Industrial-organizational psychology contributes to the success of organizations by helping to improve the performance and well-being of employees. For example, an I-O psychologist may examine how behaviors and attitudes can be improved through fair and valid hiring practices, training and development programs and performance feedback systems. Some I-O psychologists enter academia as professors and researchers, while others join public or private corporations in such roles as human resource specialists, leadership development directors and talent management leaders. Others join consulting firms that are hired by organizations to helpaddress their individual needs. Most people working in I-O psychology receive Masters or PhD degrees. Studying I-O psychology at the undergraduate level is excellent preparation for these programs, as well as for other positions in human resources and business. At NIU, we offer courses that provide training in the key topics that comprise I-O psychology and we have several faculty who do research and consult in this field.

Core Courses:

  • PSYC 471: Industrial/Organizational Psychology
  • PSYC 472:  Group Processes
  • PSYC 434: Laboratory in Industrial and Organizational Psychology
  • PSYC 433: Social and Personality Laboratory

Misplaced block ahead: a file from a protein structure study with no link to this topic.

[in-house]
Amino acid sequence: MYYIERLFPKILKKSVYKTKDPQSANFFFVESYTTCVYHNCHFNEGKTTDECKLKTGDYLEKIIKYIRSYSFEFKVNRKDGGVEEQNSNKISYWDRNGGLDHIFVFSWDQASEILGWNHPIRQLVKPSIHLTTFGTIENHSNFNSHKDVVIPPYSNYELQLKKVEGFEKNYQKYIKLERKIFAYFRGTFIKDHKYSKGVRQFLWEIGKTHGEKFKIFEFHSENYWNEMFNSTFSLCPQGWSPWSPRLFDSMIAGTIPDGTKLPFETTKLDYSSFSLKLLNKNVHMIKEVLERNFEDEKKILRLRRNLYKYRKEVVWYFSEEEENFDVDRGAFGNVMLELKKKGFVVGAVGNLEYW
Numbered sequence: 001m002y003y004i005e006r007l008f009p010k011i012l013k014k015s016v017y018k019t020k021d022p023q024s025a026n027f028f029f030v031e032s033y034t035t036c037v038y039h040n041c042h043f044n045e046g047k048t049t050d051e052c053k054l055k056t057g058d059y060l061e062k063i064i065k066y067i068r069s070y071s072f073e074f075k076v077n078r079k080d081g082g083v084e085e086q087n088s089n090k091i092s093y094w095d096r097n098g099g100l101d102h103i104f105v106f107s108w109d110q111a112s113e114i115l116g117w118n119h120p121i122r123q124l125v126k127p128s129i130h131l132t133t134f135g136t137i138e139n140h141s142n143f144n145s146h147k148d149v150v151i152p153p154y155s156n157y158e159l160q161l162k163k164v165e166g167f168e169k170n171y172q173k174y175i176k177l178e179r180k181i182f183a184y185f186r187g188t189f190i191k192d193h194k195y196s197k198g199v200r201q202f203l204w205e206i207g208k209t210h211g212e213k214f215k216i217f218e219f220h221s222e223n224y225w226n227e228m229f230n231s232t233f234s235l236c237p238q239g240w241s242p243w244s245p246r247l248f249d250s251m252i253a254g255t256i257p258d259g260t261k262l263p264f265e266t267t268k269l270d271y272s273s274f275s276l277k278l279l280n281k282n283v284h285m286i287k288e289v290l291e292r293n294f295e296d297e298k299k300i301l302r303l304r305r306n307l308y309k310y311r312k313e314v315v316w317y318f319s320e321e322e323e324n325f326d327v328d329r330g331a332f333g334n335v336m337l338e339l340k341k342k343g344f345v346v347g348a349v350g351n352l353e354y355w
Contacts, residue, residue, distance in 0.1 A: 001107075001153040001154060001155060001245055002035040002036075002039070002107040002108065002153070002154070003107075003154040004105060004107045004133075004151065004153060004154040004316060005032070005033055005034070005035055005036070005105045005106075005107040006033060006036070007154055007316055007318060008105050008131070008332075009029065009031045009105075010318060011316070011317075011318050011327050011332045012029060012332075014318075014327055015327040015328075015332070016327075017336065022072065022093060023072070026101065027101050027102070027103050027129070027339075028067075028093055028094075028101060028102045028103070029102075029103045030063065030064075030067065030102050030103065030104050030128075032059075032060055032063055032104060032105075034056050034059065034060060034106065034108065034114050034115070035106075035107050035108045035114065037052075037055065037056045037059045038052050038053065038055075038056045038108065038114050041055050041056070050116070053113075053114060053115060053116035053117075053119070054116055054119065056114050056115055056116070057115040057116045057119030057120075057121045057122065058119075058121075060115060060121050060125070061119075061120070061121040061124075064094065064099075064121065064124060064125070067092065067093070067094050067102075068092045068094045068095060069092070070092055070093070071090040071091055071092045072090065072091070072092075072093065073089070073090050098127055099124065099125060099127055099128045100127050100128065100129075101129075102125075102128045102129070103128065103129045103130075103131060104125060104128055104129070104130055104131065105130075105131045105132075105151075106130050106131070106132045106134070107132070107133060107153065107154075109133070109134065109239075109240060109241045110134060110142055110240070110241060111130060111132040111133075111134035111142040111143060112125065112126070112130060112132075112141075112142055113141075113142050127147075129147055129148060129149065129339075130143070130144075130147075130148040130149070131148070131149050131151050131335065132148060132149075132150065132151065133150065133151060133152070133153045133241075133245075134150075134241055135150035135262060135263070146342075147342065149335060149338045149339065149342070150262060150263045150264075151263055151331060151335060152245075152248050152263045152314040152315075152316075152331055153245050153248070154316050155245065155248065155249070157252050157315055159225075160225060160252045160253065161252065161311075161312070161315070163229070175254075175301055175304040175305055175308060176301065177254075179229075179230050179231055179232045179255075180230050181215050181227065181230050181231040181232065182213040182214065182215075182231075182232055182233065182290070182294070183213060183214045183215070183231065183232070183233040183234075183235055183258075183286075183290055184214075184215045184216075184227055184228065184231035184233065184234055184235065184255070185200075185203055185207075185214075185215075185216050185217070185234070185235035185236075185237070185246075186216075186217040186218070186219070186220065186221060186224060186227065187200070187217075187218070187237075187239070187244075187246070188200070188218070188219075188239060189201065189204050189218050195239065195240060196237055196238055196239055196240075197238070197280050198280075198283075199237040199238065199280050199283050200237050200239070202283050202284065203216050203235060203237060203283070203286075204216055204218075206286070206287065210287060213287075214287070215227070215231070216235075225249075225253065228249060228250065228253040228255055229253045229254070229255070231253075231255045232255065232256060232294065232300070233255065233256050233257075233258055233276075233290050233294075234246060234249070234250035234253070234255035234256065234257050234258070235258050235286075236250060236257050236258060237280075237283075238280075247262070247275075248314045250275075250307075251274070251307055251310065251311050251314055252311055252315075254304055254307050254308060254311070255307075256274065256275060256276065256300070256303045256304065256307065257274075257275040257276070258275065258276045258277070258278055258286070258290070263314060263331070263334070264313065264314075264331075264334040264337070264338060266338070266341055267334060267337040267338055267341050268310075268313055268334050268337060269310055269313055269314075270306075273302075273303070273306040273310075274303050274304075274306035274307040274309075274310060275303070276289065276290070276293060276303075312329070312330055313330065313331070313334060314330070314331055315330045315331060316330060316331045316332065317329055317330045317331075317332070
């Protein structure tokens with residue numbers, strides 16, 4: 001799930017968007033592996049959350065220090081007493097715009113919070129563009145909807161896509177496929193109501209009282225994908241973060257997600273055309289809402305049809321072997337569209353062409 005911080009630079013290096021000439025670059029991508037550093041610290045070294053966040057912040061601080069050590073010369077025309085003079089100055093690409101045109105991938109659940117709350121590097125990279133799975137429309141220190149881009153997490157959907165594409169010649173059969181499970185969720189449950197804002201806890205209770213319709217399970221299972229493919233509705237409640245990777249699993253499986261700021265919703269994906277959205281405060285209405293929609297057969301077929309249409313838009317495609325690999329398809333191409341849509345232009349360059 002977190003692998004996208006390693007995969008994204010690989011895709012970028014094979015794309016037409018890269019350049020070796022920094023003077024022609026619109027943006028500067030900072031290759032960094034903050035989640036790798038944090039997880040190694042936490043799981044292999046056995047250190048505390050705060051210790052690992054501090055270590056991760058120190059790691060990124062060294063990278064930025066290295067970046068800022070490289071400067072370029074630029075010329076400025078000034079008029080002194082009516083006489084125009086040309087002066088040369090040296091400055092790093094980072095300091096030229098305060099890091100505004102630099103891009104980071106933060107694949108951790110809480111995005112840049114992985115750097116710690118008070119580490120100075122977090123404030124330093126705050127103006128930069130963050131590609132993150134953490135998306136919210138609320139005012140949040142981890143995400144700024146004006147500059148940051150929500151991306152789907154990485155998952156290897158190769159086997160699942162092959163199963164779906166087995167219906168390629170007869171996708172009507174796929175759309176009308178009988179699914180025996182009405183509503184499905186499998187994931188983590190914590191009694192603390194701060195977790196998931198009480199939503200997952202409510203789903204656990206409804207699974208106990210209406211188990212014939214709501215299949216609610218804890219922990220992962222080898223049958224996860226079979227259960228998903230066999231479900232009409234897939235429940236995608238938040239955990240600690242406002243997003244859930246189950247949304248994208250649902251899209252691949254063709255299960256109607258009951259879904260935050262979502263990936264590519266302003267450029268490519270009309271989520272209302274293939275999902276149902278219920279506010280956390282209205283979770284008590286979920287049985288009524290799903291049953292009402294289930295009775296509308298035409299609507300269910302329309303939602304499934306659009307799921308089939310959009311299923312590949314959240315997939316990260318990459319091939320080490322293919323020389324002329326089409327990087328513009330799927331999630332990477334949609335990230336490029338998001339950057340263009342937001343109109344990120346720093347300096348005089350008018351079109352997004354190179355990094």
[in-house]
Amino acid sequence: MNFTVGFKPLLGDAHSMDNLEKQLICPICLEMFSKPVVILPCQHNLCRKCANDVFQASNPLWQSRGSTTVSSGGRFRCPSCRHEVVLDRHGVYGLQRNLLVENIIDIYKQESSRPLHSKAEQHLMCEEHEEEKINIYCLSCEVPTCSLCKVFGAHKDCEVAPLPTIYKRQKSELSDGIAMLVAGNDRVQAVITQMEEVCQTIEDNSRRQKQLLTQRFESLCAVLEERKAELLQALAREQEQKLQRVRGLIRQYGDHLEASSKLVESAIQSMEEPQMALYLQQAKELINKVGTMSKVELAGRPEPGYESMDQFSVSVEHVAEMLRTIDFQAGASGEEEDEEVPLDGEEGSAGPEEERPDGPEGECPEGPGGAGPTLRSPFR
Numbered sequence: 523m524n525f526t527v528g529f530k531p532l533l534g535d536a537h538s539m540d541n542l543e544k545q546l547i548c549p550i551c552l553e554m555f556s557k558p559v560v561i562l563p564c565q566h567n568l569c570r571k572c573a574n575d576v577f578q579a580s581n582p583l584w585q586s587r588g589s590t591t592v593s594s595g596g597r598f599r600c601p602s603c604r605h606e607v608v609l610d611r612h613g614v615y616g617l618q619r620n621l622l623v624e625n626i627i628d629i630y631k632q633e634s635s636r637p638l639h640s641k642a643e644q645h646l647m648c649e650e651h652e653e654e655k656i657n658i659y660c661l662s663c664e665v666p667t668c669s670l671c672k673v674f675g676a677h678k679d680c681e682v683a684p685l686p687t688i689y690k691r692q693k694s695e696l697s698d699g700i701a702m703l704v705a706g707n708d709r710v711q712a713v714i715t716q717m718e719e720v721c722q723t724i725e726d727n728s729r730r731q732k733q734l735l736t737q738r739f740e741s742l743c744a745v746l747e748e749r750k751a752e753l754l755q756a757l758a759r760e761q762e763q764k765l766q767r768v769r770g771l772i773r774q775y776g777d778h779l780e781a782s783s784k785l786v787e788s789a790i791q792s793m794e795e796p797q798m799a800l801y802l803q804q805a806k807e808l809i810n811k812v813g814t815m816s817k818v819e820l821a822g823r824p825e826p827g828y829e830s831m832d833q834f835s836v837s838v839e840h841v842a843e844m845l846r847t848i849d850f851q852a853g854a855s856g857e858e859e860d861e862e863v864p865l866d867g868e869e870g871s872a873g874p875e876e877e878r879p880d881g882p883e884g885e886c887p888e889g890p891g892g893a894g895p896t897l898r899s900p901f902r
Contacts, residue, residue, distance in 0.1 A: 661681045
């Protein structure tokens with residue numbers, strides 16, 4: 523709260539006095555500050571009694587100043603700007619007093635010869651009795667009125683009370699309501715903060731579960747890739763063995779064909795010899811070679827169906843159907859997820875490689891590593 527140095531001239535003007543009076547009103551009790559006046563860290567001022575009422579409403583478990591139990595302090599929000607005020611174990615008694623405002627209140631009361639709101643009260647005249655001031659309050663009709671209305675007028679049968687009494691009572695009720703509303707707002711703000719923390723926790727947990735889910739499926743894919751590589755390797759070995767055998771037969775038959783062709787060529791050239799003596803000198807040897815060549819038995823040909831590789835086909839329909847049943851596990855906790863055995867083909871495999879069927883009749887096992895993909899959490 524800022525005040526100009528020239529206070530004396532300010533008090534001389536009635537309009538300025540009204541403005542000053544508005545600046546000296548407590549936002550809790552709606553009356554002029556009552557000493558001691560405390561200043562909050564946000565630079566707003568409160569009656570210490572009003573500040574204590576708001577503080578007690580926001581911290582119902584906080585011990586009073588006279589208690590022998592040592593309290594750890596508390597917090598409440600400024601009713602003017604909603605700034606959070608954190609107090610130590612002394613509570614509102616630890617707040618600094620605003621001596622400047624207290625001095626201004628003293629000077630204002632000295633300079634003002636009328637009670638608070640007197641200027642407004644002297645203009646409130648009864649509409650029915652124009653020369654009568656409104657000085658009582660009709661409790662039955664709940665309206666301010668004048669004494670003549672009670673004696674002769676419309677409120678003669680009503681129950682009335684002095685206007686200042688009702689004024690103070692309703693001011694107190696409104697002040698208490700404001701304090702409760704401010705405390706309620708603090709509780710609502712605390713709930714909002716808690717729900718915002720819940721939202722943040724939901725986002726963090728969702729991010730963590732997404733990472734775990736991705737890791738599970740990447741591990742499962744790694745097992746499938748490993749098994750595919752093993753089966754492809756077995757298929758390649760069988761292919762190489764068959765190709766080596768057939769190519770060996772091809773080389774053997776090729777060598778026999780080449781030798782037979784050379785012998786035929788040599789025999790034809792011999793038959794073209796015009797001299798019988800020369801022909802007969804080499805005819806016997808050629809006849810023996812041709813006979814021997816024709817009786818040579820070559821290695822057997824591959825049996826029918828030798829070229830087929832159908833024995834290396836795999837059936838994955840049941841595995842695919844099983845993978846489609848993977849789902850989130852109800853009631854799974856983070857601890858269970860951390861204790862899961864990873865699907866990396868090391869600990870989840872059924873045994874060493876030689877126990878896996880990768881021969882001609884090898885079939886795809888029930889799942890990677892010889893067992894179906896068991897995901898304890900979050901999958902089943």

Neuroscience and Behavioral Psychology

Behavioral neuroscience explores the regulation of behavior through processes within the brain. For example, neuroscientists are interested in how different chemicals and structures within the brain contribute to human emotions, social behavior, memory and development. Psychologists in this area study both normal brain functioning and when brain processes go wrong, as with many types of mental illness. Behavioral neuroscience forms the basis for many professions related to the brain, such as pharmacology and neuropsychology and it influences the way we think about virtually all areas of psychology today. Studying behavioral neuroscience is excellent preparation for work in the fields of pharmaceutical science, nursing or medical science and veterinarian science. At NIU, we offer several courses that provide a strong background in behavioral neuroscience and we have several faculty who specialize in this area.

Core Courses:

  • PSYC 300: Introduction to Brain and Behavior
  • PSYC 431: Physiological Laboratory
  • PSYC 481: Drugs and Behavior
Social Psychology